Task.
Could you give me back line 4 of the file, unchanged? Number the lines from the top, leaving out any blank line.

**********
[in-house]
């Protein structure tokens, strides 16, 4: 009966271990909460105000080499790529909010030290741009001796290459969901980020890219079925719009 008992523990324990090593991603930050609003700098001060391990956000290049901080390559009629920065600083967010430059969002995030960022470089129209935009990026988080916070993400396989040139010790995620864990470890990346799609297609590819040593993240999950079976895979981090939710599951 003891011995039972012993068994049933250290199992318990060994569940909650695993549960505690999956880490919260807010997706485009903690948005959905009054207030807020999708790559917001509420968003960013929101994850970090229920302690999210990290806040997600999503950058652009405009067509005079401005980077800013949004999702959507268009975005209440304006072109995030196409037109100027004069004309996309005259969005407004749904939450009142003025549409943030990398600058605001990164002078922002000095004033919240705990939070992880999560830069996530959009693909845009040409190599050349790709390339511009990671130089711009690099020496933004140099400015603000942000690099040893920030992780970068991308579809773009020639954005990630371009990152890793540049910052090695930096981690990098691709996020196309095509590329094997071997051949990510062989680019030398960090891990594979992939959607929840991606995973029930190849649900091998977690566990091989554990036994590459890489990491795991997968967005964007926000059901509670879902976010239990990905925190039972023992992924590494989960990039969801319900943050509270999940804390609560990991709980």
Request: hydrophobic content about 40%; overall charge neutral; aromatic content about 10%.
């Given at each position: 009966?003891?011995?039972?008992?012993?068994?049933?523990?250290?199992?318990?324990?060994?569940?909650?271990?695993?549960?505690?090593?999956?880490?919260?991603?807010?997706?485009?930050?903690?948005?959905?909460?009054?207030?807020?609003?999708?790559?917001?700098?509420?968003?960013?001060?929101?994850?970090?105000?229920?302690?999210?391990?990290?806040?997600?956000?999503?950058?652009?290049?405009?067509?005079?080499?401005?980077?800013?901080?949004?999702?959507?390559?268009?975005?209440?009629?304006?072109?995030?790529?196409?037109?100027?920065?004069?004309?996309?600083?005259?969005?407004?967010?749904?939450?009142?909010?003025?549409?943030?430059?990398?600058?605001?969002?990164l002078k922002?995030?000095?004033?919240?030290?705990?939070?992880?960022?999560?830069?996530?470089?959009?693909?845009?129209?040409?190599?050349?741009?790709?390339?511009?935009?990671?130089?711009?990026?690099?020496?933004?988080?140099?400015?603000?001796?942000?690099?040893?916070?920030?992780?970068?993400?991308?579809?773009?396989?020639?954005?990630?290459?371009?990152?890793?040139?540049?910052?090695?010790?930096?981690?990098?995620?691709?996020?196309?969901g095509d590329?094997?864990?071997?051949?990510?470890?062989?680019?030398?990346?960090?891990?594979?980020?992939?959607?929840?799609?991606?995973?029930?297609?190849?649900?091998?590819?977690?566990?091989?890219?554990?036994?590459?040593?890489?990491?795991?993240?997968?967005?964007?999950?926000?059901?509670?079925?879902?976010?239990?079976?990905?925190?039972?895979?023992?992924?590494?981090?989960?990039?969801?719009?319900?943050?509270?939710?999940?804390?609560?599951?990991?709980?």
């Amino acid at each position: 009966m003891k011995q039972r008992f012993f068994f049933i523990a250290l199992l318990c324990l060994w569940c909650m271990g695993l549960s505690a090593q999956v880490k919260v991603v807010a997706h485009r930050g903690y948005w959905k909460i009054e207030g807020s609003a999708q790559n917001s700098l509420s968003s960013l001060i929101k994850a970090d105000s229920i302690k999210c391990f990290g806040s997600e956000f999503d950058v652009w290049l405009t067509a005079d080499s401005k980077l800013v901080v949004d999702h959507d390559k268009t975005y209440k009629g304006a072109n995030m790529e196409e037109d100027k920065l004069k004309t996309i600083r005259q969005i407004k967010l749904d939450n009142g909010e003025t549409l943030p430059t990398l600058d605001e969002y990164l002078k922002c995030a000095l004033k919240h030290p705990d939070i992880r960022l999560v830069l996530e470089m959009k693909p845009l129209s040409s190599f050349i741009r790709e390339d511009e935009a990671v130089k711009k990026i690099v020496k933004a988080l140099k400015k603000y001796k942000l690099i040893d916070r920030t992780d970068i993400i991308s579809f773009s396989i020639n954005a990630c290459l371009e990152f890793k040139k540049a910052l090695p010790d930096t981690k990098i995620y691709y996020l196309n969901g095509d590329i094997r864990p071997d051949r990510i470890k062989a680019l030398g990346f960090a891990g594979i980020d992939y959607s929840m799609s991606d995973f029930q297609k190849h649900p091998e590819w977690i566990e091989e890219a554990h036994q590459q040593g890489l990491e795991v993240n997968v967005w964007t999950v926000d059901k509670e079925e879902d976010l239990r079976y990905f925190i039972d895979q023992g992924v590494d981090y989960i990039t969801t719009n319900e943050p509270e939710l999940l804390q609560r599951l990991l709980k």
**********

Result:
């Given at each position: 009966?003891?011995?039972?008992?012993?068994?049933?523990?250290?199992?318990?324990?060994?569940?909650?271990?695993?549960?505690?090593?999956?880490?919260?991603?807010?997706?485009?930050?903690?948005?959905?909460?009054?207030?807020?609003?999708?790559?917001?700098?509420?968003?960013?001060?929101?994850?970090?105000?229920?302690?999210?391990?990290?806040?997600?956000?999503?950058?652009?290049?405009?067509?005079?080499?401005?980077?800013?901080?949004?999702?959507?390559?268009?975005?209440?009629?304006?072109?995030?790529?196409?037109?100027?920065?004069?004309?996309?600083?005259?969005?407004?967010?749904?939450?009142?909010?003025?549409?943030?430059?990398?600058?605001?969002?990164l002078k922002?995030?000095?004033?919240?030290?705990?939070?992880?960022?999560?830069?996530?470089?959009?693909?845009?129209?040409?190599?050349?741009?790709?390339?511009?935009?990671?130089?711009?990026?690099?020496?933004?988080?140099?400015?603000?001796?942000?690099?040893?916070?920030?992780?970068?993400?991308?579809?773009?396989?020639?954005?990630?290459?371009?990152?890793?040139?540049?910052?090695?010790?930096?981690?990098?995620?691709?996020?196309?969901g095509d590329?094997?864990?071997?051949?990510?470890?062989?680019?030398?990346?960090?891990?594979?980020?992939?959607?929840?799609?991606?995973?029930?297609?190849?649900?091998?590819?977690?566990?091989?890219?554990?036994?590459?040593?890489?990491?795991?993240?997968?967005?964007?999950?926000?059901?509670?079925?879902?976010?239990?079976?990905?925190?039972?895979?023992?992924?590494?981090?989960?990039?969801?719009?319900?943050?509270?939710?999940?804390?609560?599951?990991?709980?």